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Wednesday, 11 March 1998
Page: 968

Mrs STONE (1:16 PM) —When the Native Title Act 1993 was passed, the indigenous people of Australia had the expectation that it would usher in a new era, an era that would give them a straightforward and easy process for the claiming and granting of native title. In fact, the Native Title Act 1993 has delivered nothing but misery and tension in Aboriginal and Torres Strait Islander communities across Australia. It has torn families apart.

There has been confusion and concern throughout the Australian community as a whole as something that was meant to help reconciliation in this country has gone very wrong—the issue of native title has turned sour. Members on both sides of the House agree that we must amend this act. We must make sure that we do not have the current counterclaiming and vexatious claiming, thus putting this business into the hands of those who simply seek to make substantial financial gain out of the process. Through the Native Title Amendment Bill 1997 [No. 2] , we have to ensure that the act becomes workable. We have to bring the issue of native title into the arena of community understanding, with all Australians able to accommodate and accept it.

Last weekend, I met two Aboriginal women from Western Australia who grew up together on Mount Margaret Mission. They told me that they had been advised not to speak to one another because they are claimants in separate claims over the same area of land. They are childhood friends, yet they have been told not to have anything to do with each other during the months and years that it will take to resolve their counterclaims. That shows the absurdity of the current legislation. In my electorate of Murray, the Yorta Yorta claim is working its way through the courts at the moment. That claim should have been a cause for local celebration, with an acknowledgment that parts of the crown land in that area can justifiably be put into the hands of the local Aboriginal people. Instead, the community has been torn apart.

The government amendments will make this act workable. They will be fair. They will have transparent and practical processes. Unfortunately, the debate has been captured for party political purposes; and that is a great tragedy. Too often, the media takes the side of the loudest voices, the ones who make the most outrageous statements. We must hope that this issue is debated on the grounds of what is best for indigenous people so that their native title claims can be swiftly resolved.

The core of the problem at the moment is that virtually no threshold tests are in place: any individual or group can walk in and make a claim. That has caused a great amount of tension. Another problem is that a lot of the debate has been caught up in the right to negotiate issue. We believe that the problems with the right to negotiate, which has had people tearing at one another's throats, will be resolved by our amendments. However, concentration on this issue has meant that we have not been seen to be supporting the voluntary agreement approach.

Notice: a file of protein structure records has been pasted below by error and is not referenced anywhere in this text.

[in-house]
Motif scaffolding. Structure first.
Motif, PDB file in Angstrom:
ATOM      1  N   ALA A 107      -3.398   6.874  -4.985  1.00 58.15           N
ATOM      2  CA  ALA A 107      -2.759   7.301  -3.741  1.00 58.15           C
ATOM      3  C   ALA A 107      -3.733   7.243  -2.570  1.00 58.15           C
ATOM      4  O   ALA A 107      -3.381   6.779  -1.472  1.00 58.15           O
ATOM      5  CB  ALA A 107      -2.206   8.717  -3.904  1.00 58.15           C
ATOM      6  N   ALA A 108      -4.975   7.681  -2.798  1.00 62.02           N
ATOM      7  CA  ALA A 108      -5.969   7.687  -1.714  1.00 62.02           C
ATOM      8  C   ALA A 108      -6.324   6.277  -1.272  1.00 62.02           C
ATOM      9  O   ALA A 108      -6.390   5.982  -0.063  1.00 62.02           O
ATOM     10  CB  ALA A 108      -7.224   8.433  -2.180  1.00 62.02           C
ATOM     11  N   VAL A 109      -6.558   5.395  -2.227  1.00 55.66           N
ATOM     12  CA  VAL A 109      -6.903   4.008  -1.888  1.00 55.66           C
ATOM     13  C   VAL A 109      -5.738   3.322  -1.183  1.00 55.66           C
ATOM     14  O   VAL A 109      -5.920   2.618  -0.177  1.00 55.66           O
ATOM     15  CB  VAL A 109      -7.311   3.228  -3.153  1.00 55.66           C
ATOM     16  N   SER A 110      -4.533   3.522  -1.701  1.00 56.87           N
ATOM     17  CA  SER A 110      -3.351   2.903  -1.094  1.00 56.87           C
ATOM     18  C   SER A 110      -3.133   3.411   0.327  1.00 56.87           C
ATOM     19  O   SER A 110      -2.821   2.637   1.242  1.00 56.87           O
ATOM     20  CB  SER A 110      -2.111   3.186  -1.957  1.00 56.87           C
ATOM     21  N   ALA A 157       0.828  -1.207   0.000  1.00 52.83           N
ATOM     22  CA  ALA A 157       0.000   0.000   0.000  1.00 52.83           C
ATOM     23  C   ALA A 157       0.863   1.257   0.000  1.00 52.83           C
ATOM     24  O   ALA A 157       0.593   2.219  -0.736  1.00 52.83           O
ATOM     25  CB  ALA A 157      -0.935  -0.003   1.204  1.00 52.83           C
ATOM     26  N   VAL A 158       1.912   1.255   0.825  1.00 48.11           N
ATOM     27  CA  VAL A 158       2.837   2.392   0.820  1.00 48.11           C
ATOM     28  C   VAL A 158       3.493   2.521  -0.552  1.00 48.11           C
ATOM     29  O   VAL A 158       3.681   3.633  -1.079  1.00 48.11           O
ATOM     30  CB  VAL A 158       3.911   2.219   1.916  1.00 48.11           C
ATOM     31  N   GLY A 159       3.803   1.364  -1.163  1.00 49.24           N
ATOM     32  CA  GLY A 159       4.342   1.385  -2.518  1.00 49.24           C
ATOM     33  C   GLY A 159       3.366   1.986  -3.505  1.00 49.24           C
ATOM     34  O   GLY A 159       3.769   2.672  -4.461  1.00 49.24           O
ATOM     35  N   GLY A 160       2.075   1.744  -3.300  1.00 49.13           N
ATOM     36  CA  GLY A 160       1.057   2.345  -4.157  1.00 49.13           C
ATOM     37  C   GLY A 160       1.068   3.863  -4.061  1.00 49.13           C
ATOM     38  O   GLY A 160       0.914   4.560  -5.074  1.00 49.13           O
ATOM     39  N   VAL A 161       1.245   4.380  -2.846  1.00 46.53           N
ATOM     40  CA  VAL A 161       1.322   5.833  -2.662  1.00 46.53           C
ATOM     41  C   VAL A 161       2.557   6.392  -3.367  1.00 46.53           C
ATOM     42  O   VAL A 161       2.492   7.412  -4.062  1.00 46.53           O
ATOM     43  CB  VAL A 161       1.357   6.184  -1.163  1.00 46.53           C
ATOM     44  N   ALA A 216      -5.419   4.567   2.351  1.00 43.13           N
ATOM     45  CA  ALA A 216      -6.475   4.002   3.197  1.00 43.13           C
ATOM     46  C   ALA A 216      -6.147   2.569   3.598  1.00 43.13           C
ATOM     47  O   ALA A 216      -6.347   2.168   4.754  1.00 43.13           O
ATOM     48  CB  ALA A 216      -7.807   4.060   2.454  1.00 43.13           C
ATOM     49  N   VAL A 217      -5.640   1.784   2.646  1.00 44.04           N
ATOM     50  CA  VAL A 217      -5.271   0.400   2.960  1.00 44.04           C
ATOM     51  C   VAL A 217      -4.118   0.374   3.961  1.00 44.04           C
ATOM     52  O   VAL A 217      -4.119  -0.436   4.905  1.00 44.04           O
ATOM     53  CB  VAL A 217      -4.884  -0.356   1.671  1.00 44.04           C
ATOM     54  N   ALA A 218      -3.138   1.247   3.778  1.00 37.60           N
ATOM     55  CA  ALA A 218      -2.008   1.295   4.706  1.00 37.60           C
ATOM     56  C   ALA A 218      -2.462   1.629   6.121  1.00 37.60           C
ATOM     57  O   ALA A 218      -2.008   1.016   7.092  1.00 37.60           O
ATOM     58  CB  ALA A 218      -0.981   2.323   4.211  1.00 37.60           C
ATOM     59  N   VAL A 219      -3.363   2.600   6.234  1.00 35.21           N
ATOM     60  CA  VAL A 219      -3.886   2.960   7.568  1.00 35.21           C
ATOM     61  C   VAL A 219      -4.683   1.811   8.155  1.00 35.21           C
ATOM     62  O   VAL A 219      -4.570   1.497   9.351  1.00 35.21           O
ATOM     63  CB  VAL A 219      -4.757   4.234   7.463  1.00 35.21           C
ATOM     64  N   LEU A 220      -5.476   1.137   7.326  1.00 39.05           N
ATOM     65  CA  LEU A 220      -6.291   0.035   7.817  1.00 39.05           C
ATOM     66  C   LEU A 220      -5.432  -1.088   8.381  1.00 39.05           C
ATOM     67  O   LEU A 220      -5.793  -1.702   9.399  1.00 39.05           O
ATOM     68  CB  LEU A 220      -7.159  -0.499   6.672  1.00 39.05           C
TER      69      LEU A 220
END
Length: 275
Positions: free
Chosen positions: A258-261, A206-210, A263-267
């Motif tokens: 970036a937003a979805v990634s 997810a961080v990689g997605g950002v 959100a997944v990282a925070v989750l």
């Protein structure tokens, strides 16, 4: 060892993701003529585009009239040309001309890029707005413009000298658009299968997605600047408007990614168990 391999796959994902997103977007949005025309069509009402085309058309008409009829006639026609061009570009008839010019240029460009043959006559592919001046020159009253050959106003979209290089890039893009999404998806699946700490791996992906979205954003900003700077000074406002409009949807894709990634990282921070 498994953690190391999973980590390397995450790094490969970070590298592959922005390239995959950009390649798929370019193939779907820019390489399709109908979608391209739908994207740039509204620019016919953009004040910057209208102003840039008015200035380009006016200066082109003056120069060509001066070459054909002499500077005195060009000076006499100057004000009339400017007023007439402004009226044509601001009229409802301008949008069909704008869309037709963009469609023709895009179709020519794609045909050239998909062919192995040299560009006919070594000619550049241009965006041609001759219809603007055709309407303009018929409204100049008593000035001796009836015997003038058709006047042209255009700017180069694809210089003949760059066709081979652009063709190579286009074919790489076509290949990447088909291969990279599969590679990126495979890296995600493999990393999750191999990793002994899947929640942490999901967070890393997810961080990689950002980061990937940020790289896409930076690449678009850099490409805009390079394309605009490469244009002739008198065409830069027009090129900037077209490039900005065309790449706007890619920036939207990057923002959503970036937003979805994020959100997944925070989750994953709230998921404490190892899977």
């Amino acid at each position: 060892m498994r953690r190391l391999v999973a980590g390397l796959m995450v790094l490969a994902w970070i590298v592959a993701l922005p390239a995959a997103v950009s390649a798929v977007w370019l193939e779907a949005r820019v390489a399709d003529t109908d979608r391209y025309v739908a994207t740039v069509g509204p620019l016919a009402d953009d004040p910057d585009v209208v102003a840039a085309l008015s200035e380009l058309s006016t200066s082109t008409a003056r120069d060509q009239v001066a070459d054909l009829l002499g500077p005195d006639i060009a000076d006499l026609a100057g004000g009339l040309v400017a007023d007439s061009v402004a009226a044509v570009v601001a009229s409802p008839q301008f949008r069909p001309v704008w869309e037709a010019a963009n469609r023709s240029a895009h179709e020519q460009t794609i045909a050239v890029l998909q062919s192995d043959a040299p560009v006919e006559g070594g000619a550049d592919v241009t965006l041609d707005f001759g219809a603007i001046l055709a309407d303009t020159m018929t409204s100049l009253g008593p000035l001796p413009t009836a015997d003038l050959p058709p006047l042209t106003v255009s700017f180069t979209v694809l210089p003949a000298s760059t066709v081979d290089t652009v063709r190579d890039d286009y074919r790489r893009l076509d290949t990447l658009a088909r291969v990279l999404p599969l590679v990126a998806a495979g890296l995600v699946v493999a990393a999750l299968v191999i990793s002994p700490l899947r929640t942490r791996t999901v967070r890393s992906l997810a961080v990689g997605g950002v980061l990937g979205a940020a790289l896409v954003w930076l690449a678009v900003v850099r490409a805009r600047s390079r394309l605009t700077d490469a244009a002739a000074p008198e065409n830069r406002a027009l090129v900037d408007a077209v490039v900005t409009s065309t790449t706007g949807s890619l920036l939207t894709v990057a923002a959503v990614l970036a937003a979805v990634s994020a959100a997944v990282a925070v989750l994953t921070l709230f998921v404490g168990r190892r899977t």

This government endorses Aboriginal and Torres Strait Islander people working together with pastoralists, town people and any other interest groups to try to resolve the issue of native title. We strongly endorse the voluntary agreement approach. Indigenous land use agreement provisions are in the bill, and they make the approach a real alternative to long drawn out and adversarial court cases—the sorts of court cases that are tearing individuals and communities apart and which are costing dollars that could be better spent on Aboriginal health, housing and employment initiatives.

Our amendments provide strong, fair and legally certain frameworks for agreements about native title—and that is not the case with the current act. The amendments to this act which the coalition is trying to put through will deliver an outcome that every Australian can understand. They will deliver certainty across the nation for all interested parties. They will move Australia towards reconciliation, when the community understands that native title can and should be delivered where claims are absolutely consistent with the law.

When native title is delivered to the people who make legitimate claims, then we as a nation can celebrate how richly diverse we are. Our indigenous people have contributed mightily to this nation. They were the owners of this country before white settlement. I call upon everyone in this House and the Senate to put aside party politics and look at the interests of the indigenous people of Australia. The government amendments will then be seen to represent the commonsense approach.